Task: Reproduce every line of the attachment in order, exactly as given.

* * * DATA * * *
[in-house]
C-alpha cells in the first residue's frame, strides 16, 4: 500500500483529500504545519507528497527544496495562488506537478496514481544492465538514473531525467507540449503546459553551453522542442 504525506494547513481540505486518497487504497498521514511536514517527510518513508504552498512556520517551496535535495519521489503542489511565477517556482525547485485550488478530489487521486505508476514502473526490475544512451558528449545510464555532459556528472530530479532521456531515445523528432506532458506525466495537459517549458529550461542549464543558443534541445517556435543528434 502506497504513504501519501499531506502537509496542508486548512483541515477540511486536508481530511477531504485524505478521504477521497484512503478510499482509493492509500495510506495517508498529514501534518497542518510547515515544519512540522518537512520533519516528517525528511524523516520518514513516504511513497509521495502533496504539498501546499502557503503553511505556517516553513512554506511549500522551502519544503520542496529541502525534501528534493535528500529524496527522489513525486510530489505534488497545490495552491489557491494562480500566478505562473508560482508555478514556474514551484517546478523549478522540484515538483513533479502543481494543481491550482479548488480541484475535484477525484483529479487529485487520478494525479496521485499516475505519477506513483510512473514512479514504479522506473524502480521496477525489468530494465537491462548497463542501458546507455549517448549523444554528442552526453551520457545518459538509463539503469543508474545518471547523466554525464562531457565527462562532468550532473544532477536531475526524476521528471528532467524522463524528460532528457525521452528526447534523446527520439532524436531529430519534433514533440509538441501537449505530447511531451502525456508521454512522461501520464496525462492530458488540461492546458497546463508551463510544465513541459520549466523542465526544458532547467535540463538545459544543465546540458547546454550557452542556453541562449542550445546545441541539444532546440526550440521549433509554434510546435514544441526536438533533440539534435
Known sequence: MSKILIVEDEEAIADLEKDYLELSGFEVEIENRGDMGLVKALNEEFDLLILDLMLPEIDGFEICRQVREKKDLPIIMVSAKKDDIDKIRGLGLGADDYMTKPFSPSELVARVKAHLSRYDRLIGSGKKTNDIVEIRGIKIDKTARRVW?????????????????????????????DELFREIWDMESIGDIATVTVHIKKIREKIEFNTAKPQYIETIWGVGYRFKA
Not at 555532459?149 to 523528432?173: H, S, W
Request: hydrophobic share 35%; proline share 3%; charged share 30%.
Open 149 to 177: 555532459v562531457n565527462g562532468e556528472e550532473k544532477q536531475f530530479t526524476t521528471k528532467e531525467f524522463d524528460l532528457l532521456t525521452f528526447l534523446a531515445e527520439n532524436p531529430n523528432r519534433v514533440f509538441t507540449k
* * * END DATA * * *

[in-house]
C-alpha cells in the first residue's frame, strides 16, 4: 500500500483529500504545519507528497527544496495562488506537478496514481544492465538514473531525467507540449503546459553551453522542442 504525506494547513481540505486518497487504497498521514511536514517527510518513508504552498512556520517551496535535495519521489503542489511565477517556482525547485485550488478530489487521486505508476514502473526490475544512451558528449545510464555532459556528472530530479532521456531515445523528432506532458506525466495537459517549458529550461542549464543558443534541445517556435543528434 502506497504513504501519501499531506502537509496542508486548512483541515477540511486536508481530511477531504485524505478521504477521497484512503478510499482509493492509500495510506495517508498529514501534518497542518510547515515544519512540522518537512520533519516528517525528511524523516520518514513516504511513497509521495502533496504539498501546499502557503503553511505556517516553513512554506511549500522551502519544503520542496529541502525534501528534493535528500529524496527522489513525486510530489505534488497545490495552491489557491494562480500566478505562473508560482508555478514556474514551484517546478523549478522540484515538483513533479502543481494543481491550482479548488480541484475535484477525484483529479487529485487520478494525479496521485499516475505519477506513483510512473514512479514504479522506473524502480521496477525489468530494465537491462548497463542501458546507455549517448549523444554528442552526453551520457545518459538509463539503469543508474545518471547523466554525464562531457565527462562532468550532473544532477536531475526524476521528471528532467524522463524528460532528457525521452528526447534523446527520439532524436531529430519534433514533440509538441501537449505530447511531451502525456508521454512522461501520464496525462492530458488540461492546458497546463508551463510544465513541459520549466523542465526544458532547467535540463538545459544543465546540458547546454550557452542556453541562449542550445546545441541539444532546440526550440521549433509554434510546435514544441526536438533533440539534435
Known sequence: MSKILIVEDEEAIADLEKDYLELSGFEVEIENRGDMGLVKALNEEFDLLILDLMLPEIDGFEICRQVREKKDLPIIMVSAKKDDIDKIRGLGLGADDYMTKPFSPSELVARVKAHLSRYDRLIGSGKKTNDIVEIRGIKIDKTARRVW?????????????????????????????DELFREIWDMESIGDIATVTVHIKKIREKIEFNTAKPQYIETIWGVGYRFKA
Not at 555532459?149 to 523528432?173: H, S, W
Request: hydrophobic share 35%; proline share 3%; charged share 30%.
Open 149 to 177: 555532459v562531457n565527462g562532468e556528472e550532473k544532477q536531475f530530479t526524476t521528471k528532467e531525467f524522463d524528460l532528457l532521456t525521452f528526447l534523446a531515445e527520439n532524436p531529430n523528432r519534433v514533440f509538441t507540449k